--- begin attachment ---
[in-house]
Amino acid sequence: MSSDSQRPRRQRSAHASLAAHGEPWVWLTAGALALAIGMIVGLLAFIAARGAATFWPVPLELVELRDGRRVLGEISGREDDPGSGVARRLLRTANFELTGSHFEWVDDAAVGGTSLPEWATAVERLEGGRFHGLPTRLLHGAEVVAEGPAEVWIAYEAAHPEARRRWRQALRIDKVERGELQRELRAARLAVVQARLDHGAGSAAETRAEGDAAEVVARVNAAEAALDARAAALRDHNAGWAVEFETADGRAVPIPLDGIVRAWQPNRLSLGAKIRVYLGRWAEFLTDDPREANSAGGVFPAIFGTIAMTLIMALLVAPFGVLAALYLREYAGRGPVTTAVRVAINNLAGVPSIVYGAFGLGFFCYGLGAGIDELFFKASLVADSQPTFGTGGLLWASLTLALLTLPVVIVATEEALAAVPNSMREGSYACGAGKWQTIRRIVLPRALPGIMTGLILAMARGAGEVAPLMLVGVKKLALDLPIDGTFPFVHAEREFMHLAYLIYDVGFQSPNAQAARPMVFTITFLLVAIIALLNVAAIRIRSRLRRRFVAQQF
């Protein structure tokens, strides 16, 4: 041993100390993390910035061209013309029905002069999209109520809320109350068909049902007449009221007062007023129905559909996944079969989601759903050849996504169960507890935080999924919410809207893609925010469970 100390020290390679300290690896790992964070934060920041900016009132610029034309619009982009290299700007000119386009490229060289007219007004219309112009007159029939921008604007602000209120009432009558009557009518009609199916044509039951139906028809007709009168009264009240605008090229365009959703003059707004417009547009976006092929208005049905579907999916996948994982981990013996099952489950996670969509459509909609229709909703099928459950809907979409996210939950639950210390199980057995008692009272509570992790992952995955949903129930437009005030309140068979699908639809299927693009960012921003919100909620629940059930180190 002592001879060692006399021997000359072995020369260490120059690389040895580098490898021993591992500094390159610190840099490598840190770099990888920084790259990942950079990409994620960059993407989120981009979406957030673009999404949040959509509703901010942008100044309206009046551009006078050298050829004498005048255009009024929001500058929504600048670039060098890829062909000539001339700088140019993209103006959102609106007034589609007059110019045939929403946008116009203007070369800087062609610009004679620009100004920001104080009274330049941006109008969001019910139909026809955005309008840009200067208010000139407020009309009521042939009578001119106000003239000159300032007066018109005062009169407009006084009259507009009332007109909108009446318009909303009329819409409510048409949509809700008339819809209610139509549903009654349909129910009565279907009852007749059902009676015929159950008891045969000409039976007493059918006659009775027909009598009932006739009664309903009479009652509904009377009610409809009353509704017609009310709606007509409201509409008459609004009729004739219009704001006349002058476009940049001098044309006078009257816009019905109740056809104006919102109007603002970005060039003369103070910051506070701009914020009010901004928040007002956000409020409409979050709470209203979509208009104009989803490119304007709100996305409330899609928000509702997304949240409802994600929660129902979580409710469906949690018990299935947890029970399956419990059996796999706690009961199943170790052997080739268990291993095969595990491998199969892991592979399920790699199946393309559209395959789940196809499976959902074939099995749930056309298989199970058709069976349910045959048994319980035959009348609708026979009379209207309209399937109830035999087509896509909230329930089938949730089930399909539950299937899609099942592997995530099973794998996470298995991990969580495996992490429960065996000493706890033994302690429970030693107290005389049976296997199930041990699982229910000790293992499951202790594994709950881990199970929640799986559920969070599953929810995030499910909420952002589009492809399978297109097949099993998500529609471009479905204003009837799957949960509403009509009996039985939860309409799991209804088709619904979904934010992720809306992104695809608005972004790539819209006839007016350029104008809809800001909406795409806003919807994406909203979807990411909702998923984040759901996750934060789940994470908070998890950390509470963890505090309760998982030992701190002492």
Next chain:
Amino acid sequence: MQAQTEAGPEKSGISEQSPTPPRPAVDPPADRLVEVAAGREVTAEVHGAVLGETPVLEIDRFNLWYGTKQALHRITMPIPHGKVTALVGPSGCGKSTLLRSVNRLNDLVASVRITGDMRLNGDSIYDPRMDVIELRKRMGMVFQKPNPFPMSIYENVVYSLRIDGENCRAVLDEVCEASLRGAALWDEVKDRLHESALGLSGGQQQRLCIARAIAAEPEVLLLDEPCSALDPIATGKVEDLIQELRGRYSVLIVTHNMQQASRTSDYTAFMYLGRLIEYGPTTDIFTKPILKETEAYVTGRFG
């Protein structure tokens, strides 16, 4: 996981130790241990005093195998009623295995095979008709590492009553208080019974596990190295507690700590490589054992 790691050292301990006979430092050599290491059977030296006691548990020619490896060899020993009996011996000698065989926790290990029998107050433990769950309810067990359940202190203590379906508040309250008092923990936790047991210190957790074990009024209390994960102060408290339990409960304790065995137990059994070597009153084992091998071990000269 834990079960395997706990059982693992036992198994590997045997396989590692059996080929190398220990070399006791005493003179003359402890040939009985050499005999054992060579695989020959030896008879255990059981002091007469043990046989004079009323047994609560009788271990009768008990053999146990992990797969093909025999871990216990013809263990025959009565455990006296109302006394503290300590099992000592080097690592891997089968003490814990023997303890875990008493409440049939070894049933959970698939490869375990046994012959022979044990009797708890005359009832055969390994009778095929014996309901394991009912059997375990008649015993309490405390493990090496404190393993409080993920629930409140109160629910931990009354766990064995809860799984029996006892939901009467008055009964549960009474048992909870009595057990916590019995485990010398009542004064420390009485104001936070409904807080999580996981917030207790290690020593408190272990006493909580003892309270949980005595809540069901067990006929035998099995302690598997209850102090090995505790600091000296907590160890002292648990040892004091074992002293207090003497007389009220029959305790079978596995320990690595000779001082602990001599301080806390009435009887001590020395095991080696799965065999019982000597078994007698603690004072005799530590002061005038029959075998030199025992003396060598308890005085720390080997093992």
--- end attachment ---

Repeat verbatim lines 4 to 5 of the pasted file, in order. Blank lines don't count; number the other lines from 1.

Next chain:
Amino acid sequence: MQAQTEAGPEKSGISEQSPTPPRPAVDPPADRLVEVAAGREVTAEVHGAVLGETPVLEIDRFNLWYGTKQALHRITMPIPHGKVTALVGPSGCGKSTLLRSVNRLNDLVASVRITGDMRLNGDSIYDPRMDVIELRKRMGMVFQKPNPFPMSIYENVVYSLRIDGENCRAVLDEVCEASLRGAALWDEVKDRLHESALGLSGGQQQRLCIARAIAAEPEVLLLDEPCSALDPIATGKVEDLIQELRGRYSVLIVTHNMQQASRTSDYTAFMYLGRLIEYGPTTDIFTKPILKETEAYVTGRFG